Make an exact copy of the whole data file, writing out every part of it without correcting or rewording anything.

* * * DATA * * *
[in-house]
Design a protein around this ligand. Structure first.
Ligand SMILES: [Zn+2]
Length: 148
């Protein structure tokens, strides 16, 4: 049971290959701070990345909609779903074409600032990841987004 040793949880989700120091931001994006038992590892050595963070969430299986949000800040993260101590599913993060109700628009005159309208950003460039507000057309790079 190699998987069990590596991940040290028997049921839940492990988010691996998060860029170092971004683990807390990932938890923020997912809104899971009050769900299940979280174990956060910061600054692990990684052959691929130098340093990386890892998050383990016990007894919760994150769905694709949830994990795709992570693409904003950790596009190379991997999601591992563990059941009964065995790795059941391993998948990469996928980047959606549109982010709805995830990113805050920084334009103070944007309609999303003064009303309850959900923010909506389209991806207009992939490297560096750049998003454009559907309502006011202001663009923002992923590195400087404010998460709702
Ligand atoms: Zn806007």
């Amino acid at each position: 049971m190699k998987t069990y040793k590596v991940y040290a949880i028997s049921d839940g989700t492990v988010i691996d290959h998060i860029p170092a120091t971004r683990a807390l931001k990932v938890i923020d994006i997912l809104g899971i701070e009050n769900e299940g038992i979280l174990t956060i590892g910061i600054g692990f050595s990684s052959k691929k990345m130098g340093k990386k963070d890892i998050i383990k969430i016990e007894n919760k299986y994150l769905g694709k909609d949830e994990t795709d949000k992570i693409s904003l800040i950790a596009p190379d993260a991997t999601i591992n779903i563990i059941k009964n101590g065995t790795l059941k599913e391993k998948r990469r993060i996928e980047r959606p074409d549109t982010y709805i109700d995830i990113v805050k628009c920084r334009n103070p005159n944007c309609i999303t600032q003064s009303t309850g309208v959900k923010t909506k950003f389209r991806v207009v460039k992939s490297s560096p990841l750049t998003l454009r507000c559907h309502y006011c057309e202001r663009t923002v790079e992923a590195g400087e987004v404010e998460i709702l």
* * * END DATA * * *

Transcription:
[in-house]
Design a protein around this ligand. Structure first.
Ligand SMILES: [Zn+2]
Length: 148
């Protein structure tokens, strides 16, 4: 049971290959701070990345909609779903074409600032990841987004 040793949880989700120091931001994006038992590892050595963070969430299986949000800040993260101590599913993060109700628009005159309208950003460039507000057309790079 190699998987069990590596991940040290028997049921839940492990988010691996998060860029170092971004683990807390990932938890923020997912809104899971009050769900299940979280174990956060910061600054692990990684052959691929130098340093990386890892998050383990016990007894919760994150769905694709949830994990795709992570693409904003950790596009190379991997999601591992563990059941009964065995790795059941391993998948990469996928980047959606549109982010709805995830990113805050920084334009103070944007309609999303003064009303309850959900923010909506389209991806207009992939490297560096750049998003454009559907309502006011202001663009923002992923590195400087404010998460709702
Ligand atoms: Zn806007």
């Amino acid at each position: 049971m190699k998987t069990y040793k590596v991940y040290a949880i028997s049921d839940g989700t492990v988010i691996d290959h998060i860029p170092a120091t971004r683990a807390l931001k990932v938890i923020d994006i997912l809104g899971i701070e009050n769900e299940g038992i979280l174990t956060i590892g910061i600054g692990f050595s990684s052959k691929k990345m130098g340093k990386k963070d890892i998050i383990k969430i016990e007894n919760k299986y994150l769905g694709k909609d949830e994990t795709d949000k992570i693409s904003l800040i950790a596009p190379d993260a991997t999601i591992n779903i563990i059941k009964n101590g065995t790795l059941k599913e391993k998948r990469r993060i996928e980047r959606p074409d549109t982010y709805i109700d995830i990113v805050k628009c920084r334009n103070p005159n944007c309609i999303t600032q003064s009303t309850g309208v959900k923010t909506k950003f389209r991806v207009v460039k992939s490297s560096p990841l750049t998003l454009r507000c559907h309502y006011c057309e202001r663009t923002v790079e992923a590195g400087e987004v404010e998460i709702l």